I liked this part of the film because of how the writers — Raaj Shaandilyaa (a script writer for Comedy Circus and Kapil Sharma) and Yusuf Ali Khan — make Mannu negotiate it. The film doesn’t take any filmy flights, nor does it try to turn this tussle into a big, coming-of-age moment. It remains true to its small-town moorings without compromising on its feminist credentials. Mannu isn’t a petulant woman who is happy to challenge and show down her sasurji. Nor is she shown as a victim who is victorious in the end. Mannu will do what she thinks is right, but she doesn’t want to disrupt or disrespect. She is just a woman who takes state transport buses and is trying to live her life the way she wants to. 

Several films take up “social issues,” and Janhit Mein Jaari’s focus is on abortions and the scant use of condoms because the facts are depressing. About 42,700 abortions are performed in India every day and about 10 women die every single day.

But this is not stuff we want to see or hear after paying Rs 200-plus and buying a very expensive bucket of popcorn.

Janhit Mein Jaari is aware of this and tries its best to tell a story while using its creative chops to break some cinematic taboos. 

The film doesn’t cast condoms as the pleasure-giving contents of tiny boxes waiting for men and women to do some liptoing. It says pleasure is beside the point. Condoms are necessary because they save women’s lives.

The issue of abortions has been tackled before. And one of the best movies I have seen on abortions is Mike Leigh’s 2014 Vera Drake. It stars Imelda Staunton (who plays Dolores Umbridge in the Harry Potter series) in a stunning, once-in-a-lifetime performance.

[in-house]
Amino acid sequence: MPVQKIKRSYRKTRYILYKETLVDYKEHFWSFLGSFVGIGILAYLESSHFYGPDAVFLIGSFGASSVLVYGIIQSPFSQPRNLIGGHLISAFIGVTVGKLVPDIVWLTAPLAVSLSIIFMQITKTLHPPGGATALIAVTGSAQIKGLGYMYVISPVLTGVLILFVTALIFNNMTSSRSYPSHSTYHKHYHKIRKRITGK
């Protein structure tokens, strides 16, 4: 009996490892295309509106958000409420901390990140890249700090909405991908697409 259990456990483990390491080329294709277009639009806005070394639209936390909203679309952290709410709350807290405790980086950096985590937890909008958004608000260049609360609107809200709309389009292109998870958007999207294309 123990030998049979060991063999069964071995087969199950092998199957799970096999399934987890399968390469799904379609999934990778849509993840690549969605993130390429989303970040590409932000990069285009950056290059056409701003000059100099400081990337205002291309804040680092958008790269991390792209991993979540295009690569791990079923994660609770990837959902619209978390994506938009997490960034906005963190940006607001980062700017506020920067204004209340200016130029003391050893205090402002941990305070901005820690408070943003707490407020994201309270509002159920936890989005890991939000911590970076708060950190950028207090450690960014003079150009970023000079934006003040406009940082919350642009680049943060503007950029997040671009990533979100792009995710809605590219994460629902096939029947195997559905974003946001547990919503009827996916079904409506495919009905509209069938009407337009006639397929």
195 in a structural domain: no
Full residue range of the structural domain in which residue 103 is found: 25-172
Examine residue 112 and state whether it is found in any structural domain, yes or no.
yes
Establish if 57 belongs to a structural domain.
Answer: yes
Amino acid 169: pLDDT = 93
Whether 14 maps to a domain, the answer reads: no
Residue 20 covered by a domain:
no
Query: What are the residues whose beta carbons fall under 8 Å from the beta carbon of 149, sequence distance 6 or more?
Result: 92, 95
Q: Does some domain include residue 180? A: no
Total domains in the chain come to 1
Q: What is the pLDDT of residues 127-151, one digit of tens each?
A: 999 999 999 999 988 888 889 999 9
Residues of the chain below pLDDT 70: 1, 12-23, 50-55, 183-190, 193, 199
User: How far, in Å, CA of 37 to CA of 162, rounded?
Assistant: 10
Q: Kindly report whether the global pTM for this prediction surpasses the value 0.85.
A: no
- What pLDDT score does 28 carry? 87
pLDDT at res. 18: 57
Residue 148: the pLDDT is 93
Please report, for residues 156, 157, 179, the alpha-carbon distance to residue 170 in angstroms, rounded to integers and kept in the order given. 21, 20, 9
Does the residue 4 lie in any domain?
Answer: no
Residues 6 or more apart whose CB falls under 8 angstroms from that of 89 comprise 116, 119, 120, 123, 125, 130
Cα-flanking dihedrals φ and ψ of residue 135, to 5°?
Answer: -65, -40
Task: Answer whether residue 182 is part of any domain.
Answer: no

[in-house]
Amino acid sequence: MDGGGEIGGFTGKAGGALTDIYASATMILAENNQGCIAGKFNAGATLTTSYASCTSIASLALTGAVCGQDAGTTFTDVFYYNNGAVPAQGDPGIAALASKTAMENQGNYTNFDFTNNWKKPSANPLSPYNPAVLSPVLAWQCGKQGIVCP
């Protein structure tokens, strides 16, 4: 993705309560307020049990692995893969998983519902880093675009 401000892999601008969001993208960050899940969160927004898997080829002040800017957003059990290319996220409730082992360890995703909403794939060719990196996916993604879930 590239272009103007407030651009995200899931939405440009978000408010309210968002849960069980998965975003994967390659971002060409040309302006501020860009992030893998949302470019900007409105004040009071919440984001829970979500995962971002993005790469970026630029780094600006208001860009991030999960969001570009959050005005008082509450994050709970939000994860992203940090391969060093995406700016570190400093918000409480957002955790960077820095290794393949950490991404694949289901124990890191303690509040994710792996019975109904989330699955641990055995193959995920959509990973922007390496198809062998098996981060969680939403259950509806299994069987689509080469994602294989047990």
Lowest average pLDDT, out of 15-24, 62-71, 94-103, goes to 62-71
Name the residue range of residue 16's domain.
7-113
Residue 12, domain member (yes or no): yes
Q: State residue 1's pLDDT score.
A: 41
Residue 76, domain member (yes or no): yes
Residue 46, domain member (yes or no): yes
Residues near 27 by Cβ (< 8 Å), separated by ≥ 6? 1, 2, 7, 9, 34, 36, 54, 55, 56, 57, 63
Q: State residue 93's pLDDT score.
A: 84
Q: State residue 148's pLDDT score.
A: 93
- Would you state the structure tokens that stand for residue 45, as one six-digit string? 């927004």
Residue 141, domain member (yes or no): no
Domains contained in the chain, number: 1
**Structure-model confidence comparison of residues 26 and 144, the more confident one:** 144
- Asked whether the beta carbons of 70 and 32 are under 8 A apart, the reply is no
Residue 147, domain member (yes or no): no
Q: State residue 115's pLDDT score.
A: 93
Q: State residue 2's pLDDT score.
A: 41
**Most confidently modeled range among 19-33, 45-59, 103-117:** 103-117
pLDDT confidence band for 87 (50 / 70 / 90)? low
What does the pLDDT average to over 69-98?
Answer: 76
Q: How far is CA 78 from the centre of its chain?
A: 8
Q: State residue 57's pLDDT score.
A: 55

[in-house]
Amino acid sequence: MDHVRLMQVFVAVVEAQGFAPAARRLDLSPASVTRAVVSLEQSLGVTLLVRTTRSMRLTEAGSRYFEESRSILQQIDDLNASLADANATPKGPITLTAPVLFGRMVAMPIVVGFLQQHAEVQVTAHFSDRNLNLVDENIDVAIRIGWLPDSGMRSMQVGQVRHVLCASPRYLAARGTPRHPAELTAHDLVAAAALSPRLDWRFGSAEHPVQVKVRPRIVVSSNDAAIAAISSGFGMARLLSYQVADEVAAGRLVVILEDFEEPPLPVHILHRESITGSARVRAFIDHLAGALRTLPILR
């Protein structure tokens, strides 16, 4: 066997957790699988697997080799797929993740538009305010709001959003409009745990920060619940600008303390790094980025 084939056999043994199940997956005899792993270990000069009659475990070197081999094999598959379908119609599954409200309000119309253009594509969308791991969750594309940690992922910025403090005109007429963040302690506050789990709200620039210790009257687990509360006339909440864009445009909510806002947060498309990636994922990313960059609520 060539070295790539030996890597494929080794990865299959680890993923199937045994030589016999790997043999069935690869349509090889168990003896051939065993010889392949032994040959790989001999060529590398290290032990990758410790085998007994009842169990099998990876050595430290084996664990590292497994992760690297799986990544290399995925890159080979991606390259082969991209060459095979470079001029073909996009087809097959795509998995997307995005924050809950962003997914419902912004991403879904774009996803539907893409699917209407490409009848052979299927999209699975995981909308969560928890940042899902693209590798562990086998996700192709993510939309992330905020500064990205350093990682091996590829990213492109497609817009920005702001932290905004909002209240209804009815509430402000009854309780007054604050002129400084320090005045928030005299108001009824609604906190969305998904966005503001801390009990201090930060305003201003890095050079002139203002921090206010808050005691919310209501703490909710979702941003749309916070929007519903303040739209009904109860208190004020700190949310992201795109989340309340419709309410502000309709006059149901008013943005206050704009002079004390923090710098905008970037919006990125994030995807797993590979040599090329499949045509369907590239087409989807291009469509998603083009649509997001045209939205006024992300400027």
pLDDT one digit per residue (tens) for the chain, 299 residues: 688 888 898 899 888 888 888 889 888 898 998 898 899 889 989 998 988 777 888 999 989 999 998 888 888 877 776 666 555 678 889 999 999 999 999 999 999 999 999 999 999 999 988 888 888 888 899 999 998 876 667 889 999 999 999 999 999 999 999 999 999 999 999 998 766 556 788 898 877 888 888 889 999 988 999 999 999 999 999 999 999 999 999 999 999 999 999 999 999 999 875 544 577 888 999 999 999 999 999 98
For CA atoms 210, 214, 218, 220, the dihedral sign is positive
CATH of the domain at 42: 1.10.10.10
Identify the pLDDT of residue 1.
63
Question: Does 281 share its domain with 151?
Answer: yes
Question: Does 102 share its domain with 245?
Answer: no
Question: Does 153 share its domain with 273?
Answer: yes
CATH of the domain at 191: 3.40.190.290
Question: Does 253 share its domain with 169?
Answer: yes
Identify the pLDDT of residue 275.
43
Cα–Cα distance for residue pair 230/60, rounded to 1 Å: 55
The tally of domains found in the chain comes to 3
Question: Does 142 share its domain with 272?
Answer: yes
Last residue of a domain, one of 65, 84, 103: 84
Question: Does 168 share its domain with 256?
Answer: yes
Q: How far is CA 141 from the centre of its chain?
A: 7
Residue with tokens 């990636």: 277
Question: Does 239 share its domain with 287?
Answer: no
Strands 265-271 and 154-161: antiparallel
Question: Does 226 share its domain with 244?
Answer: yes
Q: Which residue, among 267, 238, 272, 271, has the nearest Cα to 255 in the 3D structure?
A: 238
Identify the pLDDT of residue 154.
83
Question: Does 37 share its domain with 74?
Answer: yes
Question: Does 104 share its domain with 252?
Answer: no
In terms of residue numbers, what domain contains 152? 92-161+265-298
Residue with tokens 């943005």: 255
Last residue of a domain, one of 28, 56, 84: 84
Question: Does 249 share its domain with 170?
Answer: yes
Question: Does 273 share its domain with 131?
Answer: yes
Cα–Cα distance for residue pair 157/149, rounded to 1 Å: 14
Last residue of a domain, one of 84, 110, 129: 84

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Though Janhit Mein Jaari is bustling with fabulous characters, comic moments and lines, its plot is a bit thin and the story meanders towards the end before it grabs a mic and gets onto a stage to speechify. 

Even as I raised both my eyebrows and cringed at this moment, I liked the film’s honesty. Instead of pretending to preach to characters in the film, it addresses us, directly.
Another reason why this brief moment at the end doesn’t upstage the film is that Janhit Mein Jaari makes us laugh a lot. The film has several comic set pieces, including one involving a dead chachaji and another one involving Sukriti Gupta, who plays Mannu’s bhabhi. This one foregrounds the sexual desires and frustrations of women wearing mangalsutrasindoor, nylon saree and a safety pin holding it all together.


I don’t know what sort of family you may have grown up in. But I grew up in north India, in a family where, as we say, “on my mother’s side” everyone spoke only in taunts, insults and jokes. Each one revealing a past grouse and launching a new one.

The family gatherings in Janhit Mein Jaari are like a bitch fest-cum-hasya sammelan with very entertaining and funny dialogue. My favorite one begins thus: “Shaadi-shuda ladke chaddi ki tarah hote hai…” 

Watch Janhit Mein Jaari to figure out how and why married Indian men are like panties, but also for Nushrratt Bharuccha who is the star of the show.   

I have always liked tikhimirchi Bharuccha. She has that rare personality trait which few Indian women exude: Defiance and a very strong sense of self-worth. That’s what makes her very sexy and that’s what makes directors cast her repeatedly in roles where she takes on wankers, uncles and others.

The film loves her, is a bit protective of her and she reciprocates that love with a 100-watt performance that holds the film together. But she is also very ably supported by an ensemble of very talented actors, especially Paritosh Tripathi, Vijay Raaz, Sapna Sand and Sukriti Gupta.
Paritosh Tripathi’s Devi Prasad, in fact, plays a very important role in making Bharuccha’s endearing. If it were just left to the dead-on-arrival Anud Singh Dhaka, I doubt that Mannu ki manokamna would have been realised in this film.